Monthly archives of “November 2010


Point Blank, John Boorman (1967)

This is a very strange movie which absolutely could not be made today, a French New Wave film made by an Englishman in California. Its narrative head games, its druggy swings from hysteria to Weltschmerz, its boredom with both sex and violence, and above all its conviction that no amount of revolutionary individualism can put a dent in the fortress of capitalist hegemony all work together to provide a devastating critique of the sixties even as “the sixties” was in the deepest throes of its self-regard. Watching this, you’d guess it had been made in 1974, not 1967. It rivals Didion’s White Album in its prescience. There are lots of moments you might use to mark the end of the dream of the sixties: Kent State, My Lai, the assassinations of King and Kennedy in 1968, etc. Add to the list the moment in Point Blank when the girl at the psychedelic dance club goes around behind the screen and discovers the bad guy Lee Marvin’s beaten to a pulp. He’s buried under a pile of film! And the girl’s screams of horror harmonize with the soul singer’s screams of ecstacy. I find it both liberating and terrifying that an aesthetic moment can be that perfectly rendered and this completely forgotten.


Winter’s Bone, Debra Granik (2010)

The plot here is melodramatic and overcooked, but the performances, setting, and tone are so refreshing I don’t care. When feature films venture into the heart of the heart of the country, they usually leave any capacity for subtlety back home in their lofts or bungalows, but here you actually feel a degree of sympathy for, and an acknowledgment of the complexity of rural poverty. The protagonist’s dilemma–her vanished father has put the family home up as part of the bond he’s skipped on–isn’t fawned over in the usual Hollywood manner (ooh, look at the poor white trash and their terrible problems!); it’s instead simply used as the MacGuffin that gives Granik license to meditate upon and marinate in a culture we rarely see represented onscreen except in the form of cartoons. The movie hits the box office money shot force the moment to its crisis panic button with a sledgehammer in its final passages–which is too bad, because it really wants to be more open-ended than that–but not even chainsawing a cadaver can spoil the tonic of carefully skinning a squirrel in the snow not for fun but from hunger.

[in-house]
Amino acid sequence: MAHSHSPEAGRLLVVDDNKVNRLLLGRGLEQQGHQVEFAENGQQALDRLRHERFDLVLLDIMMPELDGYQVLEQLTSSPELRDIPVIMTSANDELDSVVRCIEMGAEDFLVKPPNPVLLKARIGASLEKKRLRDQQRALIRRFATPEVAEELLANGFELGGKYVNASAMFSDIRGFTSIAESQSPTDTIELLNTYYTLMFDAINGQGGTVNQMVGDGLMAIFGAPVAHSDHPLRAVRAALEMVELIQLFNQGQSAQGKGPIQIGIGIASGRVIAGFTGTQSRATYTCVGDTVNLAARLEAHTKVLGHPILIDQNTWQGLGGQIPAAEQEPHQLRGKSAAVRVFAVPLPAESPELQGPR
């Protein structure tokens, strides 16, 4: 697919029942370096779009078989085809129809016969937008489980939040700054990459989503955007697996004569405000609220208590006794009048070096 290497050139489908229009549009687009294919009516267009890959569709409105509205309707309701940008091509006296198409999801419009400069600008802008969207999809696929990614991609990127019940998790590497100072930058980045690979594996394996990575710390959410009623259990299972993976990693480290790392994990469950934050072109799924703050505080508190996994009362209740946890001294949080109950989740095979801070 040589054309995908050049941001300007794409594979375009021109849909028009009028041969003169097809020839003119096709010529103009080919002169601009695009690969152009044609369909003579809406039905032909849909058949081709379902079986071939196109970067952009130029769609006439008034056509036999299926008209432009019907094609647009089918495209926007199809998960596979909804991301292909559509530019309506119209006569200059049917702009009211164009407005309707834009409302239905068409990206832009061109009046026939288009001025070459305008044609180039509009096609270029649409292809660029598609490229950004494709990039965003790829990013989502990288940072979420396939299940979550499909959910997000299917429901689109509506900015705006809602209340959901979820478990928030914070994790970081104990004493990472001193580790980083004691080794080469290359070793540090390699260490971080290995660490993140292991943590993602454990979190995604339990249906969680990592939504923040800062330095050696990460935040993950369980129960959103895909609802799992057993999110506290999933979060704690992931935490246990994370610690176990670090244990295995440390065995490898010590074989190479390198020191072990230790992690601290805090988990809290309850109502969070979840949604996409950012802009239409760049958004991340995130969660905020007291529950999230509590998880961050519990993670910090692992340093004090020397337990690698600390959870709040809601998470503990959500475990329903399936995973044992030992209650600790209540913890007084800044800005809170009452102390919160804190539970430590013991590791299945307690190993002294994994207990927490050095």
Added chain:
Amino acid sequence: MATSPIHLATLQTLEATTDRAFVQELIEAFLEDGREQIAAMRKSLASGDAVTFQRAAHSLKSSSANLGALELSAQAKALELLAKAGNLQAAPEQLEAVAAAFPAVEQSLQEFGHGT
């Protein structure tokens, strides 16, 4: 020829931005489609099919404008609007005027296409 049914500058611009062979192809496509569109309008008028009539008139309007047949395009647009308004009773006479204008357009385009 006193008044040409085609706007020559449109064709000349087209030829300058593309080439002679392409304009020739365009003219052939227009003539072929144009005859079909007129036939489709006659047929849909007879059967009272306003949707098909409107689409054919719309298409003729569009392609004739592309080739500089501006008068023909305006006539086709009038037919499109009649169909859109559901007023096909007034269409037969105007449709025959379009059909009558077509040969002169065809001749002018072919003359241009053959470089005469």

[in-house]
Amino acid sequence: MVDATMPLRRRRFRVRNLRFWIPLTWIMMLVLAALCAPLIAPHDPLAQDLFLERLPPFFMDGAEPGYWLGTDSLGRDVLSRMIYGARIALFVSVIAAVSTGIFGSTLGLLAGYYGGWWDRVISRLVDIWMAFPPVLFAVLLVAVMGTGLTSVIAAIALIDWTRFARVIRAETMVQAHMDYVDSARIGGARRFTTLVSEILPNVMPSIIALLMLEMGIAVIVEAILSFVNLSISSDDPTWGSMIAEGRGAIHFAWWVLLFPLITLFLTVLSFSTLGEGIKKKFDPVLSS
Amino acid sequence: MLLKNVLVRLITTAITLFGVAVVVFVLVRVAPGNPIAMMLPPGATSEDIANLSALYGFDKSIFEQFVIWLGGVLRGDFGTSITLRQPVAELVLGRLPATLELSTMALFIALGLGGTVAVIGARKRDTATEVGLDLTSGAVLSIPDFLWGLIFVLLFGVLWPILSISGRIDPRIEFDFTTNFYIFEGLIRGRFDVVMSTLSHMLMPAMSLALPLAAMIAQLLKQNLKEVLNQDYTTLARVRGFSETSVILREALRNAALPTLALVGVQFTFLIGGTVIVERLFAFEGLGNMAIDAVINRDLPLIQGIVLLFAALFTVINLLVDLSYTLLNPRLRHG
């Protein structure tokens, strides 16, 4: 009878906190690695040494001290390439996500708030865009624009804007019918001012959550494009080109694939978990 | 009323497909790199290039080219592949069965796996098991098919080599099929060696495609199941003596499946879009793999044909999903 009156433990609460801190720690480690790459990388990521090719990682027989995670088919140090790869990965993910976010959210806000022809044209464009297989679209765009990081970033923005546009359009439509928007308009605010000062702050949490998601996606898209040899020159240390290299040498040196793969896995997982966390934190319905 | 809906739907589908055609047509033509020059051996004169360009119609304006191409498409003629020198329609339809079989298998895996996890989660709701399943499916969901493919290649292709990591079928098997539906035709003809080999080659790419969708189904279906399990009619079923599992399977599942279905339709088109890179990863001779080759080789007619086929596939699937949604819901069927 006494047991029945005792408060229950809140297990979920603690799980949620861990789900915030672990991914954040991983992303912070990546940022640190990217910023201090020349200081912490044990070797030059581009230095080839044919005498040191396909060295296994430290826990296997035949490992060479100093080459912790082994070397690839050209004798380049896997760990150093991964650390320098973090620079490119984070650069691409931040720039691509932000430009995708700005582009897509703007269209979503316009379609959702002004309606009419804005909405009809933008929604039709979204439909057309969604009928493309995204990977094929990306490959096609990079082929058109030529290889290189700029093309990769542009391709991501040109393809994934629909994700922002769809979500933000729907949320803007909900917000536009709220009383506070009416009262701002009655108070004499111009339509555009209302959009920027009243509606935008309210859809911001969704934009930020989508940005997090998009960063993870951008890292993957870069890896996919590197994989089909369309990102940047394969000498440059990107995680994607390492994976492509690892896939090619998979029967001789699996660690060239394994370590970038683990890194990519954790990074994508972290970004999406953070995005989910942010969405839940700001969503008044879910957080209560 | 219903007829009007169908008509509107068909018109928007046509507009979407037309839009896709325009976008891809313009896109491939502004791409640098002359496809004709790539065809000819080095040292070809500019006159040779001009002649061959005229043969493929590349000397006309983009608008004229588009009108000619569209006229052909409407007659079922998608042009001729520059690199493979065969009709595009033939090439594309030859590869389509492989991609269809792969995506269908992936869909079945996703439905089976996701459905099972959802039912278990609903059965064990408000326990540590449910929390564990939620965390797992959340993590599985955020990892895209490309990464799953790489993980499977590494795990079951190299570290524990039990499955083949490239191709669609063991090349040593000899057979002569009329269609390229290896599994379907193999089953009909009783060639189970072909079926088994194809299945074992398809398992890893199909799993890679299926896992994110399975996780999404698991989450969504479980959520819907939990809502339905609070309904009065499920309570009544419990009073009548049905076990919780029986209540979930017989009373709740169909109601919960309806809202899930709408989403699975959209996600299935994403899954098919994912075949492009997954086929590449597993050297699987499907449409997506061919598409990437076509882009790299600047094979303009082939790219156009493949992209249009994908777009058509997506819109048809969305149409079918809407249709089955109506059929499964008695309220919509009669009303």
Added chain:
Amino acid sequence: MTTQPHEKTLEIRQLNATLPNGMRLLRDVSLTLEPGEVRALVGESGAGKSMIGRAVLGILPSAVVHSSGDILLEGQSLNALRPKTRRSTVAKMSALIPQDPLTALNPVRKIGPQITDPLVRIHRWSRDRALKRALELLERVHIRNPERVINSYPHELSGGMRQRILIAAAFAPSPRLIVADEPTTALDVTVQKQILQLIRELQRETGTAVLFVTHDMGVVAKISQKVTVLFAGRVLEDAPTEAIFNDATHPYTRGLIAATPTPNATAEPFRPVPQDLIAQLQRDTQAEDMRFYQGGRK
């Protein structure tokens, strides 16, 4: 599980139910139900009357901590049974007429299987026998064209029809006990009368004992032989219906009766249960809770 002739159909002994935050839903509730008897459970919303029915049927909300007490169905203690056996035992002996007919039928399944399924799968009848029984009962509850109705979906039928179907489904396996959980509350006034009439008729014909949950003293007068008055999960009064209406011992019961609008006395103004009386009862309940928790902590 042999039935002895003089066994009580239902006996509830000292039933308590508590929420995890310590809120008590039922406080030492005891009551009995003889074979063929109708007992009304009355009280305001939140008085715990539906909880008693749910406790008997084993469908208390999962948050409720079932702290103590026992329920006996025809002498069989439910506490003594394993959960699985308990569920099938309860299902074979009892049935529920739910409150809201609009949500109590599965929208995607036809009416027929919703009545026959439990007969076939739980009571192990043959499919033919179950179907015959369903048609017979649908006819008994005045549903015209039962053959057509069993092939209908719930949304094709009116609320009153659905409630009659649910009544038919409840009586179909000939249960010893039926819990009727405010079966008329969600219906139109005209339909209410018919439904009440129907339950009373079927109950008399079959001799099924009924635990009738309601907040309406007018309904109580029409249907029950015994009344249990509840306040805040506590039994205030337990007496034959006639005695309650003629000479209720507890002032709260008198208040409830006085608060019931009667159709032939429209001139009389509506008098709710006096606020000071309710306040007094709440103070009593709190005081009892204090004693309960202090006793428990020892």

The Runaways, Floria Sigismondi (2010)

The Runaways are complicated. There’s the uplifting narrative of five strong young women who wanted to rock, took on the condescending sexist music business, had a great time, and hit it big. There’s the depressing narrative of extremely young and naive girls being manipulated, drugged, and exploited by the condescending and sexist music business, which profited mightily. Then someone will inevitably pipe up and say, “It’s all about the music, man!” The music was indeed awesome, but it is not all about that. Sigismondi, in her first full-length, does a great if sometimes uneven job of embracing both the joy and the ugliness in this story. She also wrote the script, which is itself pretty darn good. This is far from a perfect movie–it indulges in too many cliches, for starters–but when you think about how easily it could have been so much worse, you begin to recognize its achievements.


This Film Is Not Yet Rated, Kirby Dick (2006)

Just what I needed: More corporate/puritanical cultural manipulation to be pissed off about. Dick is an annoying person and is overly fond of ginning up gotcha moments, but here, as in Outrage, his basic premise and his, well, outrage, are well founded. The MPAA rating system effectively controls what does and does not appear on the country’s movie screens, and it’s run as a homophobic misogynist pro-war star chamber.

I feel sad. I think I’m going to go to bed.


Ali: Fear Eats the Soul, Rainer Werner Fassbinder (1974)

Completely satisfying emotionally as a love story, yet at the same time so critically astringent, there’s no way you could call it a melodrama. A lonely widowed German charwoman of a certain age and a Moroccan guest worker fall in love. The forces of hatred, fear, and misunderstanding besiege them from both outside and from within. Love wins, but not until Fassbinder’s made it clear that, as Wittgenstein put it, “love is not a feeling; love is put to the test.” Utterly convincing, fascinating to look at. This was of course inspired by Douglas Sirk’s All That Heaven Allows, but does that look like Jane Wyman and Rock Hudson there, eating dinner together? No, it does not. Everyone in Fassbinder’s movie looks like a human being, which is part of what makes this picture so affecting.